Oops, you're using an old version of your browser so some of the features on this page may not be displaying properly.

MINIMAL Requirements: Google Chrome 24+Mozilla Firefox 20+Internet Explorer 11Opera 15–18Apple Safari 7SeaMonkey 2.15-2.23

Poster Display session 3

4433 - Acute Diagnostic Oncology Clinic: A Unique Primary Care-Oncology Service

Date

30 Sep 2019

Session

Poster Display session 3

Presenters

Abhijit Gill

Citation

Annals of Oncology (2019) 30 (suppl_5): v671-v682. 10.1093/annonc/mdz263

Authors

A. Gill, R. Sharkey, J. Simmons, M. Bower, A. Sita-Lumsden, J. Evans, T. Newsom-Davis

Author affiliations

  • Oncology, Chelsea & Westminster Hospital, SW10 - London/GB
More

Resources

Abstract 4433

Background

Cancers presenting with ‘vague symptoms’ are difficult to diagnose. These non-specific but serious symptoms (weight loss, anorexia, pain, fatigue) have a number of causes including malignancy. The risk for each individual cancer may be low, but the total risk of cancer of any type is higher. Patients diagnosed with cancer as the result of an emergency presentation (EP) to secondary care have poorer survival, usually describe a long history of symptoms, and most have seen their general practitioner (GP) prior to presentation. Earlier diagnosis improves cancer outcomes. But investigating vague symptoms is challenging, requiring both oncology and general medical knowledge, while bespoke rapid-access oncology diagnostic clinics are needed to avoid EP.

Methods

The Acute Diagnostic Oncology Clinic was established at Chelsea & Westminster Hospital in 2016. It initially provided rapid access investigations for those too ill to wait for an urgent suspected cancer appointment, as an alternative to the Emergency Department (ED). In February 2018 the clinic expanded to, uniquely, include a GP with specialist interest in oncology and patients with ‘vague symptoms’.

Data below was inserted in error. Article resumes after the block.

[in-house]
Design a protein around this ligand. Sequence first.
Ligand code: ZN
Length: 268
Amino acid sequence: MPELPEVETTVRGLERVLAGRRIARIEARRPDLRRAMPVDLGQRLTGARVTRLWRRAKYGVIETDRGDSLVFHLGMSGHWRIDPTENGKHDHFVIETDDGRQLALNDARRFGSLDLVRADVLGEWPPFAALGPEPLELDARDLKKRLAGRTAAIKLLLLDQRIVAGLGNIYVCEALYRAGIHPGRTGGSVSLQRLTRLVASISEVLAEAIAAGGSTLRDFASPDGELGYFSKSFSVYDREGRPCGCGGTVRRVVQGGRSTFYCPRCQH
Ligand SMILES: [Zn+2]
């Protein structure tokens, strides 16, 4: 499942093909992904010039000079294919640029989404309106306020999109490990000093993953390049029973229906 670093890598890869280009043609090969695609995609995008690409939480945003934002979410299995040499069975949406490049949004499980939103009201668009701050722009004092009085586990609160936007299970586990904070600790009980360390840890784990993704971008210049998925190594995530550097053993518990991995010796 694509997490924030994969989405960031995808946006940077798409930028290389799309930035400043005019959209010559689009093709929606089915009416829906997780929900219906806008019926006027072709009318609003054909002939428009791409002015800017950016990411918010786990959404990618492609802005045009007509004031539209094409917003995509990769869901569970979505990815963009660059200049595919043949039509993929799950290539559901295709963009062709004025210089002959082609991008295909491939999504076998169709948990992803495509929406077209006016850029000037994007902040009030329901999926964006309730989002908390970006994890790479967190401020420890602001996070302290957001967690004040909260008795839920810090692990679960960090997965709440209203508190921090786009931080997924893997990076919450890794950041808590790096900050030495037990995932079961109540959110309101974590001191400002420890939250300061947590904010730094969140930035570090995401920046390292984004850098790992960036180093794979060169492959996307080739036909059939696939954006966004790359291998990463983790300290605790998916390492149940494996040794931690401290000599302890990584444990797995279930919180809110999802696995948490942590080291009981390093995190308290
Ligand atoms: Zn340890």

Results

361 referrals were received, 65% were female. Weight loss was the commonest vague symptom (50%). Initially, 96% of patients were seen within 24 hours of referral, falling to 69% after expansion of the clinic remit in 2018. 34% of patients (from 2018, 21%) were diagnosed with cancer. Mean time from referral to diagnosis was 4 days, and to starting cancer treatment it was 20 days. A range of cancers were identified, lung the commonest, and advanced stage disease the most likely. A number of significant non-malignant conditions were diagnosed. One-third of patients provided feedback. Only 37% were told at referral that cancer was suspected. The service was rated Excellent or Very Good in all cases. 84% valued being seen urgently. Feedback was received from 40 GPs. 100% would use the service again. Alternate referral routes would have been routine cancer referral (60%) or ED (13%).

Conclusions

To our knowledge, this is the only GP-oncology led rapid access cancer diagnostic clinic. Combining general medical and oncology expertise is an effective approach for diagnosing patients with vague symptoms and tackling EP cancer.

Clinical trial identification

Editorial acknowledgement

Legal entity responsible for the study

The authors.

Funding

CW+ Healthcare Charity.

Disclosure

All authors have declared no conflicts of interest.

This site uses cookies. Some of these cookies are essential, while others help us improve your experience by providing insights into how the site is being used.

For more detailed information on the cookies we use, please check our Privacy Policy.

Customise settings